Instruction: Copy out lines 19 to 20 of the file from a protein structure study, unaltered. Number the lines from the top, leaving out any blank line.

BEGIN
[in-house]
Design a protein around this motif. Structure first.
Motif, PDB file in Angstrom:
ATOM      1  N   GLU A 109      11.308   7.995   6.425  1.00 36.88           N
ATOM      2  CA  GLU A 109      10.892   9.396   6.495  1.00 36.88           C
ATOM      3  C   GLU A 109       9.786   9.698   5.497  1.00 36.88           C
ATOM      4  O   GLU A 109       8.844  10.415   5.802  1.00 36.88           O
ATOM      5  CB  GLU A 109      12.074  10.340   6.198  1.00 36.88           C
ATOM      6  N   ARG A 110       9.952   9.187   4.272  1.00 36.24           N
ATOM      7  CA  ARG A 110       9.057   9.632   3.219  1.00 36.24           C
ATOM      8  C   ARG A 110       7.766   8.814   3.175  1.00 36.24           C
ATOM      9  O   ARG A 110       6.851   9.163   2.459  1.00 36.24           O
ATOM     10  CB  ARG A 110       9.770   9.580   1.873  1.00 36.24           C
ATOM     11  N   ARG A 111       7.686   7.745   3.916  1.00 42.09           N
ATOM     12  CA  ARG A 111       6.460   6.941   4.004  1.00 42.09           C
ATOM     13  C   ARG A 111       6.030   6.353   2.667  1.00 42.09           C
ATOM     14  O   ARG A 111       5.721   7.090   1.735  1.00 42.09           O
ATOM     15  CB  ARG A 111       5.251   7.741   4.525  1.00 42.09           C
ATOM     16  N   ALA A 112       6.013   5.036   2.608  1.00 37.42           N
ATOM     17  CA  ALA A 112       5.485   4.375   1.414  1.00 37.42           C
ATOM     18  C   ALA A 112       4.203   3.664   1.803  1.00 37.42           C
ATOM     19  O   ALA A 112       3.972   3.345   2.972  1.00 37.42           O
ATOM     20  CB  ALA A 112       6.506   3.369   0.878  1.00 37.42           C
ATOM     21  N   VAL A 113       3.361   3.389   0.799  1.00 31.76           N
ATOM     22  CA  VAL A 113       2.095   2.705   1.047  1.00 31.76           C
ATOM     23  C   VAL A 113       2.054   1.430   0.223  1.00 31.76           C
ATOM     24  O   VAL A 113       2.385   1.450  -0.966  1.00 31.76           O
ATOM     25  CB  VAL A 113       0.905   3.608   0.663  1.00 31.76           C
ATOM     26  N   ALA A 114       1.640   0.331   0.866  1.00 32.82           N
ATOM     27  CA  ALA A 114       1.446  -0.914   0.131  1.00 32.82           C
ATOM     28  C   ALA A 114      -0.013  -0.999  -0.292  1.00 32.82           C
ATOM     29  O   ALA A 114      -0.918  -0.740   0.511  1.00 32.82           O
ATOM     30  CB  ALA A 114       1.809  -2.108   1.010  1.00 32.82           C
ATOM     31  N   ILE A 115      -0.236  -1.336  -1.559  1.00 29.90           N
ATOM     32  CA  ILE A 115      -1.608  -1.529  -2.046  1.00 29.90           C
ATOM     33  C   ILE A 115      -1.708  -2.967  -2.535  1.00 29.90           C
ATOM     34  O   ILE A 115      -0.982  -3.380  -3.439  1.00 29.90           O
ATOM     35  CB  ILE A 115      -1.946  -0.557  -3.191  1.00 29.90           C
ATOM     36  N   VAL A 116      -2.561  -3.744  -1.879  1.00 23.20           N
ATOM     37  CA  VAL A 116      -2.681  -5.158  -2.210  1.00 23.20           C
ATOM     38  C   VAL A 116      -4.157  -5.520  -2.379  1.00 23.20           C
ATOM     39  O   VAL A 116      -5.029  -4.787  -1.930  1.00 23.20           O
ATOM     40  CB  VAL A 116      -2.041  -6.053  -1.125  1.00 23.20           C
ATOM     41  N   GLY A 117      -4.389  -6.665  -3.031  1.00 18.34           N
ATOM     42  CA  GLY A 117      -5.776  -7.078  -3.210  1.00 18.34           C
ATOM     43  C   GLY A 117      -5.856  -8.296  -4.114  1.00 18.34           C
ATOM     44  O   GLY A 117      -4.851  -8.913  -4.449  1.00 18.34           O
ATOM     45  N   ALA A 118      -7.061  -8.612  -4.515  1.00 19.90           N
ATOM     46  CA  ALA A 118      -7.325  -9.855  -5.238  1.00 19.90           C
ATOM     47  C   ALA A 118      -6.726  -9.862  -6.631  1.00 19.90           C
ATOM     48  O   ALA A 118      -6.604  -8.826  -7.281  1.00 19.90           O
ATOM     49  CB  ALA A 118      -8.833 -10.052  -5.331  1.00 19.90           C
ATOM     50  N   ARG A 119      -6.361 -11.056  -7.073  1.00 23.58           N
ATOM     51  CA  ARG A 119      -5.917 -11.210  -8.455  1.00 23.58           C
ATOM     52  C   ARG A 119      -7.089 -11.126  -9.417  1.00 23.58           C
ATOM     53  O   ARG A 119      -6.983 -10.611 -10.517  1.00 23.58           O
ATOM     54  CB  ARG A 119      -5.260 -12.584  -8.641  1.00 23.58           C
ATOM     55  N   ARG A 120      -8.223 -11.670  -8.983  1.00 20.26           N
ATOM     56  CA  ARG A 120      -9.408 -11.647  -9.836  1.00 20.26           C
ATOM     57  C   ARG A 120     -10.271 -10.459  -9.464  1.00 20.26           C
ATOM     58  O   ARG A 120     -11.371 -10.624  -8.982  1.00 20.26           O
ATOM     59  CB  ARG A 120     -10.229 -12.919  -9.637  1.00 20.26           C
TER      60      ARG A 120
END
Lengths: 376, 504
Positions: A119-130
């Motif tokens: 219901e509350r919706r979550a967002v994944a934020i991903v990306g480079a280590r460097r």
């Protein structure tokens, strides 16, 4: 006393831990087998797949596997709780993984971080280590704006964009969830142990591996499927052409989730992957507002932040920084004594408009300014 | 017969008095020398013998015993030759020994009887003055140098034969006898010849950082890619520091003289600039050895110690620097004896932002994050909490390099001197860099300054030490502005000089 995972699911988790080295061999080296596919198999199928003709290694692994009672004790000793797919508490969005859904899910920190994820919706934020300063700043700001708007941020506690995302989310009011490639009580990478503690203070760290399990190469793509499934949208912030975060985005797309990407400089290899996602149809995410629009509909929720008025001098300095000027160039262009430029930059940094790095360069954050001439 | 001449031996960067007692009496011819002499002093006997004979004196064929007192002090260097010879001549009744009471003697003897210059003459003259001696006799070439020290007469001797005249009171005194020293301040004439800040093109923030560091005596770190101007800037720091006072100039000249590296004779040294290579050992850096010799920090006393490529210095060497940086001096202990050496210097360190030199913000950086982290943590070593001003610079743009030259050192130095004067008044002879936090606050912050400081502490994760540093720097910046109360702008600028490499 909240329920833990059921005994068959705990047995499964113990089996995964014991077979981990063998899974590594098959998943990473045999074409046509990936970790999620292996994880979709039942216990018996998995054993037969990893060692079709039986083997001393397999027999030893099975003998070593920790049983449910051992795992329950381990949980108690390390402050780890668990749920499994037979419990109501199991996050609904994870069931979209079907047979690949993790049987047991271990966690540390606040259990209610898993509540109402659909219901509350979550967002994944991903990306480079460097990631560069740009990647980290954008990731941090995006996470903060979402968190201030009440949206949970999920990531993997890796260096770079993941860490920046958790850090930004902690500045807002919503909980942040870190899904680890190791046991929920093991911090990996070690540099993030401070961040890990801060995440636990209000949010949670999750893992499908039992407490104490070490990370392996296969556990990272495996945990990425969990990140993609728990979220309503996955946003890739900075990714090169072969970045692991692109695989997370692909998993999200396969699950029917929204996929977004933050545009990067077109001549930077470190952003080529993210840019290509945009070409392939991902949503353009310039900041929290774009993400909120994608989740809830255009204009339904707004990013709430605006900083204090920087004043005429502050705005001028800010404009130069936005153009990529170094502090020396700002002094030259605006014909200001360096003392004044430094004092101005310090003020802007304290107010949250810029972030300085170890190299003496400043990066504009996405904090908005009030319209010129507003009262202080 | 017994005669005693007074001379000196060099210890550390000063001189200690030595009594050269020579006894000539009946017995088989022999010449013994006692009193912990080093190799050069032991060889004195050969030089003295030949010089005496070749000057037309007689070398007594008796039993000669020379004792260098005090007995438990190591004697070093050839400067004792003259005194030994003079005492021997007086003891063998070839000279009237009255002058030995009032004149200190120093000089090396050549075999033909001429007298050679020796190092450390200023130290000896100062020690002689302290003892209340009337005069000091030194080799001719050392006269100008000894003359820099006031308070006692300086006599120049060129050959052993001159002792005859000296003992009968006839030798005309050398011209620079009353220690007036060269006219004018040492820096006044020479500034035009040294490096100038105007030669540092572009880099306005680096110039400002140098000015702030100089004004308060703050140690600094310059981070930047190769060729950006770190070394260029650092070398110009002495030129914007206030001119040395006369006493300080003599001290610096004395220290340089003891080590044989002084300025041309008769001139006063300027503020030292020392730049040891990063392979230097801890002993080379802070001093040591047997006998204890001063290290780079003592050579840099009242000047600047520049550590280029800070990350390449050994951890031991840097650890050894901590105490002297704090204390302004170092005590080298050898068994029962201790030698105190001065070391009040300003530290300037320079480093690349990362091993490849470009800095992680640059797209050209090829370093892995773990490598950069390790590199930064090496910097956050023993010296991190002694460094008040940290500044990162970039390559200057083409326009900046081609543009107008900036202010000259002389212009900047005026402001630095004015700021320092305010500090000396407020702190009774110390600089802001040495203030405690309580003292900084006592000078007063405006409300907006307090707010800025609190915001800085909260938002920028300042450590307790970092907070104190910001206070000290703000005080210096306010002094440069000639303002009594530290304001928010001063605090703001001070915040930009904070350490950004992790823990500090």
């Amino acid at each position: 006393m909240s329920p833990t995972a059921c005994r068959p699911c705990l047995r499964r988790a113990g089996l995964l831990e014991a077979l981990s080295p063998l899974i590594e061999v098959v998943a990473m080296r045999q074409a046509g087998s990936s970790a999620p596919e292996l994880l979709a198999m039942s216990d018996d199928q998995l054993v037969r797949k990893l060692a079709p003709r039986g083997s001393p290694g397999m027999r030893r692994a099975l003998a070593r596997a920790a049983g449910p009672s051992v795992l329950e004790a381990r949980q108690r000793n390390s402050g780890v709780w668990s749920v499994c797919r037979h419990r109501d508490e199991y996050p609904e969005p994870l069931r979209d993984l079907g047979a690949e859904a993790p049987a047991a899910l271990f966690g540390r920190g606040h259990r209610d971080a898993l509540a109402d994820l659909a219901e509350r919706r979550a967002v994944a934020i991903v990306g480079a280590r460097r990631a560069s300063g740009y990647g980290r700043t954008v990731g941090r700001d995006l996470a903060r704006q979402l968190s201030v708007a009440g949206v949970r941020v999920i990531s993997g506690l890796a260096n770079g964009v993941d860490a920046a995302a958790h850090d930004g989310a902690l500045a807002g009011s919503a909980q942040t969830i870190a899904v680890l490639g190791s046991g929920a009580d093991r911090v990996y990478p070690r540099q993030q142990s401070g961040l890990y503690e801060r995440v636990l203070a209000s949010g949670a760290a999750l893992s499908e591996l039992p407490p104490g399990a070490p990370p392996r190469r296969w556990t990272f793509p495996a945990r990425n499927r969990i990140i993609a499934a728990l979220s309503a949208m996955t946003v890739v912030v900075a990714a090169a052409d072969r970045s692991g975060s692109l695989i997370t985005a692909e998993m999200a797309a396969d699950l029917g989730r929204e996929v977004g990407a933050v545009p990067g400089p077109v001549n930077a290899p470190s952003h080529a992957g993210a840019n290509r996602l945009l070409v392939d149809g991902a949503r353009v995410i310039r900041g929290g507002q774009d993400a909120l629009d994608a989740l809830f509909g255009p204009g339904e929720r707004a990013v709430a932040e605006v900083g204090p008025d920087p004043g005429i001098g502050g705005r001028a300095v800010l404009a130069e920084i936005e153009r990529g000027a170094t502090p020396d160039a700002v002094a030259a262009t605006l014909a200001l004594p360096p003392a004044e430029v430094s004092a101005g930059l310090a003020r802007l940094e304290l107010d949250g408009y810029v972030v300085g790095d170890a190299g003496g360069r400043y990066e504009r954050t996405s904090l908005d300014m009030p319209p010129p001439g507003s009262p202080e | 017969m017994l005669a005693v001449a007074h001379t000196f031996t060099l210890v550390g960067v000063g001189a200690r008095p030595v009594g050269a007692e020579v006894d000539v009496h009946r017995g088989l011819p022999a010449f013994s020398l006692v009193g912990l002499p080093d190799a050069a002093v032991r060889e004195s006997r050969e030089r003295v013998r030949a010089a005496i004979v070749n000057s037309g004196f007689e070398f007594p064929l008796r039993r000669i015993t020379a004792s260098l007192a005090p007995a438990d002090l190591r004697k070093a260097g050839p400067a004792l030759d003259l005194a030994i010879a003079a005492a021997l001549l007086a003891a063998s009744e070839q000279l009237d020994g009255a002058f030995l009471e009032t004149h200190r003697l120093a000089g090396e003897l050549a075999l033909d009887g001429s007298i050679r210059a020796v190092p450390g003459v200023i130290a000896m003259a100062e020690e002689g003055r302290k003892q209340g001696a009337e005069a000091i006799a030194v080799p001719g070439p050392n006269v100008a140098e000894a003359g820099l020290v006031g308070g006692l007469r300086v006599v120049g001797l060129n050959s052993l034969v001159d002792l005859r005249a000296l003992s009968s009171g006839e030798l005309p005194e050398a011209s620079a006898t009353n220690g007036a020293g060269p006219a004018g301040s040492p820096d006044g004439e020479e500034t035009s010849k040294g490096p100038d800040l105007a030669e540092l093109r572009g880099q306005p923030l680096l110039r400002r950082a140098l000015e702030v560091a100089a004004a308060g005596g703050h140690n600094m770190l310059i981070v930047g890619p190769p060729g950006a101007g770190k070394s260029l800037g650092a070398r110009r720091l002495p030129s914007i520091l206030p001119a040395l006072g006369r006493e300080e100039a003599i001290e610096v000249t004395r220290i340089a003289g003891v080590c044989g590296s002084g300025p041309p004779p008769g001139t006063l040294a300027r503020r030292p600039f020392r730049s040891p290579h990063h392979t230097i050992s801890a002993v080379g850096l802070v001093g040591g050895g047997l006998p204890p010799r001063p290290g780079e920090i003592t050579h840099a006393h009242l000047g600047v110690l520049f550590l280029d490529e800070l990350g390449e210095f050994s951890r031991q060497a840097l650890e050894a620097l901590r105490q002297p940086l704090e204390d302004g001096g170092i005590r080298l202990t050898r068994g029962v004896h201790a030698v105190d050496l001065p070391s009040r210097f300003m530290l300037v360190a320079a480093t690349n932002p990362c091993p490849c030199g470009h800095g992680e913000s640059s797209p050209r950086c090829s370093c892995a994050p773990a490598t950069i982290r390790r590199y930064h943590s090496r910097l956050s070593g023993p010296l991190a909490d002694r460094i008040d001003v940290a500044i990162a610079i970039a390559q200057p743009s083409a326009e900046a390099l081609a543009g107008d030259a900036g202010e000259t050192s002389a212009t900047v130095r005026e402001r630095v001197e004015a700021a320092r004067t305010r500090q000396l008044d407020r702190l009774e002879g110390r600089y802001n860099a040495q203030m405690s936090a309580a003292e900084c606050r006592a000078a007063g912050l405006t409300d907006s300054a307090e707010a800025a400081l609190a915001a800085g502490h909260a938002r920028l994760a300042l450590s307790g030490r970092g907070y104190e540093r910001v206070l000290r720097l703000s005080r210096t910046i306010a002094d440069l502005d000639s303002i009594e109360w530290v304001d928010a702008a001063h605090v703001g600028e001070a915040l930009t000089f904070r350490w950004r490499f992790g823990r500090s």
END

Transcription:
ATOM     16  N   ALA A 112       6.013   5.036   2.608  1.00 37.42           N
ATOM     17  CA  ALA A 112       5.485   4.375   1.414  1.00 37.42           C